Problems with Value Iteration Value iteration repeats the Bellman updates: Problem 1: It’s slow – O(S 2 A) per iteration Problem 2: The “max” at each state rarely changes Problem 3: The policy often converges long before the values a s s, a s,a,s’ s’s’ [Demo: value iteration (L9D2)]

24
k=0 Noise = 0.2 Discount = 0.9 Living reward = 0

25
k=1 Noise = 0.2 Discount = 0.9 Living reward = 0

26
k=2 Noise = 0.2 Discount = 0.9 Living reward = 0

27
k=3 Noise = 0.2 Discount = 0.9 Living reward = 0

28
k=4 Noise = 0.2 Discount = 0.9 Living reward = 0

29
k=5 Noise = 0.2 Discount = 0.9 Living reward = 0

30
k=6 Noise = 0.2 Discount = 0.9 Living reward = 0

31
k=7 Noise = 0.2 Discount = 0.9 Living reward = 0

32
k=8 Noise = 0.2 Discount = 0.9 Living reward = 0

33
k=9 Noise = 0.2 Discount = 0.9 Living reward = 0

34
k=10 Noise = 0.2 Discount = 0.9 Living reward = 0

35
k=11 Noise = 0.2 Discount = 0.9 Living reward = 0

36
k=12 Noise = 0.2 Discount = 0.9 Living reward = 0

37
k=100 Noise = 0.2 Discount = 0.9 Living reward = 0

38
Policy Iteration Alternative approach for optimal values: Step 1: Policy evaluation: calculate utilities for some fixed policy (not optimal utilities!) until convergence Step 2: Policy improvement: update policy using one-step look-ahead with resulting converged (but not optimal!) utilities as future values Repeat steps until policy converges This is policy iteration It’s still optimal! Can converge (much) faster under some conditions

39
Policy Iteration Evaluation: For fixed current policy , find values with policy evaluation: Iterate until values converge: Improvement: For fixed values, get a better policy using policy extraction One-step look-ahead:

40
Comparison Both value iteration and policy iteration compute the same thing (all optimal values) In value iteration: Every iteration updates both the values and (implicitly) the policy We don’t track the policy, but taking the max over actions implicitly recomputes it In policy iteration: We do several passes that update utilities with fixed policy (each pass is fast because we consider only one action, not all of them) After the policy is evaluated, a new policy is chosen (slow like a value iteration pass) The new policy will be better (or we’re done) Both are dynamic programs for solving MDPs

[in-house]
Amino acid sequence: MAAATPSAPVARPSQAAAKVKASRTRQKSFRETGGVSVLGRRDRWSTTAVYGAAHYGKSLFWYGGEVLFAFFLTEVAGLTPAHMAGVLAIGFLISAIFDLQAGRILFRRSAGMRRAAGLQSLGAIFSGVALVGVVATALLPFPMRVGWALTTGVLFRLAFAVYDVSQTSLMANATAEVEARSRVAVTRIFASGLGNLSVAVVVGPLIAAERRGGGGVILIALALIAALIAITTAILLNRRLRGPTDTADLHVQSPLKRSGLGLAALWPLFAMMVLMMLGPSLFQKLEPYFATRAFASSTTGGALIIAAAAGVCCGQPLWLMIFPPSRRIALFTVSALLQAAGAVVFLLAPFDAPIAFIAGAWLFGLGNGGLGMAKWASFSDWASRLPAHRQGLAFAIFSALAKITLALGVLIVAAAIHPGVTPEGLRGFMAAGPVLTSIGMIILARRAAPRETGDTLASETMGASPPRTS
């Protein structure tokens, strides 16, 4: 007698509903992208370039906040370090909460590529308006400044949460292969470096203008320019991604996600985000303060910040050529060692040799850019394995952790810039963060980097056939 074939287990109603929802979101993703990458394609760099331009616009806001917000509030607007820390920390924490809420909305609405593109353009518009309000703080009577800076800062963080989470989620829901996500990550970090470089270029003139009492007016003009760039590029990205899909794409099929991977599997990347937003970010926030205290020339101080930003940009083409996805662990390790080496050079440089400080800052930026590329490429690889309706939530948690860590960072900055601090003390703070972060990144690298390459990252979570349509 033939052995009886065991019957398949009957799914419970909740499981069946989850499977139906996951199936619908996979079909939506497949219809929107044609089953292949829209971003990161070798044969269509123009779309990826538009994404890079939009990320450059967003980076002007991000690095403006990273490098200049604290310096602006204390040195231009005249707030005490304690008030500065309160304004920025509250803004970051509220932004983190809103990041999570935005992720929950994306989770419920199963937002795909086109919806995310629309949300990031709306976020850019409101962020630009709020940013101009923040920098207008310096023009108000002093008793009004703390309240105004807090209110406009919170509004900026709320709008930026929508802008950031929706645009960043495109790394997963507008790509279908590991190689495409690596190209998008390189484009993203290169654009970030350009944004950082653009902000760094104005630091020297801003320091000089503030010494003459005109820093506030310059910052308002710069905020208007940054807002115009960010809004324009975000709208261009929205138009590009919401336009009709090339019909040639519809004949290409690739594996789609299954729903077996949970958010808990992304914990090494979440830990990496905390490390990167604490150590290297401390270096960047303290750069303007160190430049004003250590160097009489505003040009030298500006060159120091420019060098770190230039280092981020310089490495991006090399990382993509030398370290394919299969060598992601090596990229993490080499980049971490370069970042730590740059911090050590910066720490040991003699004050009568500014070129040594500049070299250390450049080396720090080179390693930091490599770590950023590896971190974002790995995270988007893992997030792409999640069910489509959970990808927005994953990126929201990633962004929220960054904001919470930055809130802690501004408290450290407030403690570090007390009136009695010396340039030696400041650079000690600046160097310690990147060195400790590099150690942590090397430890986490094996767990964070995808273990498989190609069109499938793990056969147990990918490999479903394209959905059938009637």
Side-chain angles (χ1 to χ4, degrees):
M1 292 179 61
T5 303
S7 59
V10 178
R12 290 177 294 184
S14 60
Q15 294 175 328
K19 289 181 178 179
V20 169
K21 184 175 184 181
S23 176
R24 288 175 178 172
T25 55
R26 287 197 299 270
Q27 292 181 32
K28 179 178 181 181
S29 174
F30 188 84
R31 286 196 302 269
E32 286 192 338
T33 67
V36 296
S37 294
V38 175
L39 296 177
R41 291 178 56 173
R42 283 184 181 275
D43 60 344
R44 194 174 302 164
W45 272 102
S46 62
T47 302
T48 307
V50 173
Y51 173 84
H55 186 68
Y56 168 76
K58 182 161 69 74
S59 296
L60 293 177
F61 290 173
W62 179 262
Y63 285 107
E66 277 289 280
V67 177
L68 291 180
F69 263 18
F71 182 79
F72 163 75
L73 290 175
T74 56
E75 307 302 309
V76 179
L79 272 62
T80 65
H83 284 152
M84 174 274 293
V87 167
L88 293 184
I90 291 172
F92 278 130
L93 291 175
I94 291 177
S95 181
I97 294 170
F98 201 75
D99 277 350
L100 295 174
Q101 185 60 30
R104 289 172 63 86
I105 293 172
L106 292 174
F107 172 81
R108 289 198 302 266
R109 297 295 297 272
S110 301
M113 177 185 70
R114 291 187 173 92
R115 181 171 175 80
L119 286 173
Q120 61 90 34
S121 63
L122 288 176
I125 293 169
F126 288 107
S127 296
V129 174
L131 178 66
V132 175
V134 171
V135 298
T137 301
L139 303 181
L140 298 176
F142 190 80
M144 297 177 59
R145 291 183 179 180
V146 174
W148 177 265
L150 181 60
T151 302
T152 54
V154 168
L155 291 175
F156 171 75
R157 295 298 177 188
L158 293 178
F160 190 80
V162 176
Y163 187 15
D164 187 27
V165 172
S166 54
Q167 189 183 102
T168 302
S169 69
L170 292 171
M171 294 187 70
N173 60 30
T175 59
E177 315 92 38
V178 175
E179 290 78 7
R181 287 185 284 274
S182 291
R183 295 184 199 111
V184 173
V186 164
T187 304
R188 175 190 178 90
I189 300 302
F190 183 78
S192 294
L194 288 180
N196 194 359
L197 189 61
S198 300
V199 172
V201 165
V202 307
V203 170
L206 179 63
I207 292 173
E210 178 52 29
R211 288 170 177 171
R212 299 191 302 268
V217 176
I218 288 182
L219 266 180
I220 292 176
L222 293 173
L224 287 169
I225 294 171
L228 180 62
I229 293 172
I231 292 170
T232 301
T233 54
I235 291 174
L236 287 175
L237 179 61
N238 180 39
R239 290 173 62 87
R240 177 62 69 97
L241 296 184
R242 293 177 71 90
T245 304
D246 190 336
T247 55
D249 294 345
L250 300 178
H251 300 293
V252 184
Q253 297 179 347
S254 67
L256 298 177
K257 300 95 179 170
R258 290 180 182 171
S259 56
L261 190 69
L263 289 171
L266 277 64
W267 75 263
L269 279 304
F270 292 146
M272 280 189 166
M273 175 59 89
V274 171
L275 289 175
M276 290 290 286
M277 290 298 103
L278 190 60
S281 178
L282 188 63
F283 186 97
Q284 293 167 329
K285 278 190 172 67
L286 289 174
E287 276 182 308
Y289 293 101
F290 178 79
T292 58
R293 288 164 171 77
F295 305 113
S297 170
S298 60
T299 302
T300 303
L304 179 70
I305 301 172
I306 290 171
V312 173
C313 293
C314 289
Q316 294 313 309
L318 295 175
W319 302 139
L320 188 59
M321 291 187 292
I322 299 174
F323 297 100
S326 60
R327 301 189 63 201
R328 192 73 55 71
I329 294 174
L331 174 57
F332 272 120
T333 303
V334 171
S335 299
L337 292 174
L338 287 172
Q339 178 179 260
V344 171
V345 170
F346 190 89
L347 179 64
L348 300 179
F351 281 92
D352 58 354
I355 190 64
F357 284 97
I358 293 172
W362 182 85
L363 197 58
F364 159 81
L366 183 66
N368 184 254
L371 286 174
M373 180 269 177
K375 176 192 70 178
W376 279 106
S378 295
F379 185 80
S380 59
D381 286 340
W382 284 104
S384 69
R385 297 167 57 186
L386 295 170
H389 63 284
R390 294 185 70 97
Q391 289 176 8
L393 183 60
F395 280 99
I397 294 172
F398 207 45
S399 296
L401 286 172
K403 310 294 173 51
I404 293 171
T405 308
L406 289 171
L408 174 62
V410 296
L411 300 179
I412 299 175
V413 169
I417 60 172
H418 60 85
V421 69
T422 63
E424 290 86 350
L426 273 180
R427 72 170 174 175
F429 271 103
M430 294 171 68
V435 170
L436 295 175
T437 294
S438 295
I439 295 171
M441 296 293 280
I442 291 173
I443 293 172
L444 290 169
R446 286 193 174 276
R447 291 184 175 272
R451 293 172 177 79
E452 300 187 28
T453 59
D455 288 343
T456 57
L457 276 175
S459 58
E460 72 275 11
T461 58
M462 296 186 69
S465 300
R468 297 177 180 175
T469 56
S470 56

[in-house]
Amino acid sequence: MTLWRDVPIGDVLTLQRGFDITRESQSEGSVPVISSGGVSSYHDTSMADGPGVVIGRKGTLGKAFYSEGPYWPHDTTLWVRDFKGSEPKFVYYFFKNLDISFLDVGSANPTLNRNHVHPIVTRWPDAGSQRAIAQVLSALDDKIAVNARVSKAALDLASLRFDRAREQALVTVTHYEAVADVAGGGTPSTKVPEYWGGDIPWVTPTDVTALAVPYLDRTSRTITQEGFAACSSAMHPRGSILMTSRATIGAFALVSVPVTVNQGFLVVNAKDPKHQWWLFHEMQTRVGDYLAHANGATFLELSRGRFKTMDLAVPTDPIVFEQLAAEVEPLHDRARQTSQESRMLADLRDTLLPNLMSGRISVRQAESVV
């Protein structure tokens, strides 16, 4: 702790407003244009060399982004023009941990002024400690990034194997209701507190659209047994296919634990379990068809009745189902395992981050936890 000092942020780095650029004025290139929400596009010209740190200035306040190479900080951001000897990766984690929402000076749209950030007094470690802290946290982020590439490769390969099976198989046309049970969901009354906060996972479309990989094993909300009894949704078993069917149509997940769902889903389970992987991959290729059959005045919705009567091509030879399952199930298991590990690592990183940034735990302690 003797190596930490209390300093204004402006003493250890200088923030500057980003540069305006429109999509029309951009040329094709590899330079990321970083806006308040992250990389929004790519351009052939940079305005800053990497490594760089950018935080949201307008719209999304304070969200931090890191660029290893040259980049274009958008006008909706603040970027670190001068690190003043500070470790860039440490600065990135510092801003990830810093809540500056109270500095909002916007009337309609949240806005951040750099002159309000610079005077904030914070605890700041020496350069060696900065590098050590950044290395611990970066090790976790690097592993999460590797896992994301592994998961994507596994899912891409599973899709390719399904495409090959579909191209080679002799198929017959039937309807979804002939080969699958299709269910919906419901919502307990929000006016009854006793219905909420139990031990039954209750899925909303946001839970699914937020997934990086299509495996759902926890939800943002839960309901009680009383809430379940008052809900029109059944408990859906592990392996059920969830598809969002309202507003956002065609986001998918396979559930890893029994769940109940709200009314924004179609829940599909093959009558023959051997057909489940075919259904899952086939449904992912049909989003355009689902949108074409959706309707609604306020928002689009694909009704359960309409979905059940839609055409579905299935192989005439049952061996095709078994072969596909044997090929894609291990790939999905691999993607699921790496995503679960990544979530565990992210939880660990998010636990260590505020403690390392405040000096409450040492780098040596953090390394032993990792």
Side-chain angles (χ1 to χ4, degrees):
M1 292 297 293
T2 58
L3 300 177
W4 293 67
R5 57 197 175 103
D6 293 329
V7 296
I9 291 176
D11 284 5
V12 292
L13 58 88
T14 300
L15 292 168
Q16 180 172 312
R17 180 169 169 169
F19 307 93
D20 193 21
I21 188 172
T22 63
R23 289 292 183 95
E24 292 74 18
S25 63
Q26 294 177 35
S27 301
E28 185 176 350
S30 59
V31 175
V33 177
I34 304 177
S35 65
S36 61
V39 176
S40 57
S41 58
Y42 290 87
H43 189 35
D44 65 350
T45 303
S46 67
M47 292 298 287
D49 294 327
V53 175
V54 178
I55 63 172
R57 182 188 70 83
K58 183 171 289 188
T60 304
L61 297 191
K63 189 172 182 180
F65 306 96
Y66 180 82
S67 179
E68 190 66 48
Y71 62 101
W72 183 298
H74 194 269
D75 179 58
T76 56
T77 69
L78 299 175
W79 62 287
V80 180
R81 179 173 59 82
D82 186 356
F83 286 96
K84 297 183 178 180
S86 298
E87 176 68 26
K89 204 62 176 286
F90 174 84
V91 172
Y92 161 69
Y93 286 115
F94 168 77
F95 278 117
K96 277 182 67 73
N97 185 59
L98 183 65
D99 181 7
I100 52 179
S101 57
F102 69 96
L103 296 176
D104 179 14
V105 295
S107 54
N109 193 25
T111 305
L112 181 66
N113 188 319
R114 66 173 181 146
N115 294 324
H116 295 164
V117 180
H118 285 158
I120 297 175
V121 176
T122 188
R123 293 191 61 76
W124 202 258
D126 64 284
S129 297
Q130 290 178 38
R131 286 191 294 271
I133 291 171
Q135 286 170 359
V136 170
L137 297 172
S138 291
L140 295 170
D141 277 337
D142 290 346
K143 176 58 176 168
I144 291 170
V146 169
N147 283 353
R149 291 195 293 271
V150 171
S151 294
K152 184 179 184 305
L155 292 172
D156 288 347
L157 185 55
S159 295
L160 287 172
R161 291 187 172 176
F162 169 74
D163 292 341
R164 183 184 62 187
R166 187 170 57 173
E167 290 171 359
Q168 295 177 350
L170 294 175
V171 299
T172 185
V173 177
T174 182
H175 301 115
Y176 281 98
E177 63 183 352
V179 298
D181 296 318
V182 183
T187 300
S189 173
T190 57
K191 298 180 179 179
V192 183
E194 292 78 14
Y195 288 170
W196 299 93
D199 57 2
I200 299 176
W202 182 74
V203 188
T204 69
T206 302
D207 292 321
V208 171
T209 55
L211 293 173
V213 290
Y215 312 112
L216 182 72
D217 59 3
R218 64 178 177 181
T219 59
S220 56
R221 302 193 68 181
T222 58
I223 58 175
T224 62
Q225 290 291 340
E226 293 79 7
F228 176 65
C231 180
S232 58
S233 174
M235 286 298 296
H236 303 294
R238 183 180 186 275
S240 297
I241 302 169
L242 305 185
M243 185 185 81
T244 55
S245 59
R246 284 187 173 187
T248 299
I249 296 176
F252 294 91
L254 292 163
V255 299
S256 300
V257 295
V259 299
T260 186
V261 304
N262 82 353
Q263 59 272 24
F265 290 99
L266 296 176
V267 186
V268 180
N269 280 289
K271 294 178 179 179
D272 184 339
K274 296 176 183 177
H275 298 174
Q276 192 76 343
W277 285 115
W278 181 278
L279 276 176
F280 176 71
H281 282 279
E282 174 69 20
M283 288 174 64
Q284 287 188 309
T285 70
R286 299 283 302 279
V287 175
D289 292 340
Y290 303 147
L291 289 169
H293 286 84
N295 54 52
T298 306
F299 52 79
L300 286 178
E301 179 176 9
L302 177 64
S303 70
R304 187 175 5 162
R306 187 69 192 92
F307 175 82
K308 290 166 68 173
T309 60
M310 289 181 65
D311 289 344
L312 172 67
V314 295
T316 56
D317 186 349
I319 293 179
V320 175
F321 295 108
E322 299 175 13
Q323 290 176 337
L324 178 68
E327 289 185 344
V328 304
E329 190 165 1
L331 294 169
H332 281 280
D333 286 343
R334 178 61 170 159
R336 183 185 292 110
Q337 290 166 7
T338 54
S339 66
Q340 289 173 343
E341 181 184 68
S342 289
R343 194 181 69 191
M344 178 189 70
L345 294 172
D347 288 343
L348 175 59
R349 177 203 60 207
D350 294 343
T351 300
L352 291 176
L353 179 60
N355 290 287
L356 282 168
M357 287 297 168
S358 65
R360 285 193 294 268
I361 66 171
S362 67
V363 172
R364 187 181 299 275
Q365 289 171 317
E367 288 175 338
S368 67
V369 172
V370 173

41
Summary: MDP Algorithms So you want to…. Compute optimal values: use value iteration or policy iteration Compute values for a particular policy: use policy evaluation Turn your values into a policy: use policy extraction (one-step lookahead) These all look the same! They basically are – they are all variations of Bellman updates They all use one-step lookahead expectimax fragments They differ only in whether we plug in a fixed policy or max over actions

42
Double Bandits

43
Double-Bandit MDP Actions: Blue, Red States: Win, Lose WL $1 1.0 $1 1.0 0.25 $0 0.75 $2 0.75 $2 0.25 $0 No discount 100 time steps Both states have the same value

44
Offline Planning Solving MDPs is offline planning You determine all quantities through computation You need to know the details of the MDP You do not actually play the game! Play Red Play Blue Value No discount 100 time steps Both states have the same value 150 100 WL $1 1.0 $1 1.0 0.25 $0 0.75 $2 0.75 $2 0.25 $0

45
Let’s Play! $2 $0$2 $0

46
Online Planning Rules changed! Red’s win chance is different. WL $1 1.0 $1 1.0 ?? $0 ?? $2 ?? $2 ?? $0

47
Let’s Play! $0 $2$0 $2 $0

48
What Just Happened? That wasn’t planning, it was learning! Specifically, reinforcement learning There was an MDP, but you couldn’t solve it with just computation You needed to actually act to figure it out Important ideas in reinforcement learning that came up Exploration: you have to try unknown actions to get information Exploitation: eventually, you have to use what you know Regret: even if you learn intelligently, you make mistakes Sampling: because of chance, you have to try things repeatedly Difficulty: learning can be much harder than solving a known MDP

49
Next Time: Reinforcement Learning!

50
Asynchronous Value Iteration* In value iteration, we update every state in each iteration Actually, any sequences of Bellman updates will converge if every state is visited infinitely often In fact, we can update the policy as seldom or often as we like, and we will still converge Idea: Update states whose value we expect to change: If is large then update predecessors of s

51
Interlude

Similar presentations

OK

CSE 473Markov Decision Processes Dan Weld Many slides from Chris Bishop, Mausam, Dan Klein, Stuart Russell, Andrew Moore & Luke Zettlemoyer.

CSE 473Markov Decision Processes Dan Weld Many slides from Chris Bishop, Mausam, Dan Klein, Stuart Russell, Andrew Moore & Luke Zettlemoyer.

© 2017 SlidePlayer.com Inc.

All rights reserved.

Ads by Google

Ppt on crash fire tender Ppt on inhabiting other planets that support Ppt on classical economics definition Ppt on power system topics Ppt on interview etiquettes Ppt online examination project documentation Ppt on amplitude shift keying generator Ppt on condition monitoring of transformer Ppt on best hr practices in india Ppt on natural resources and conservation service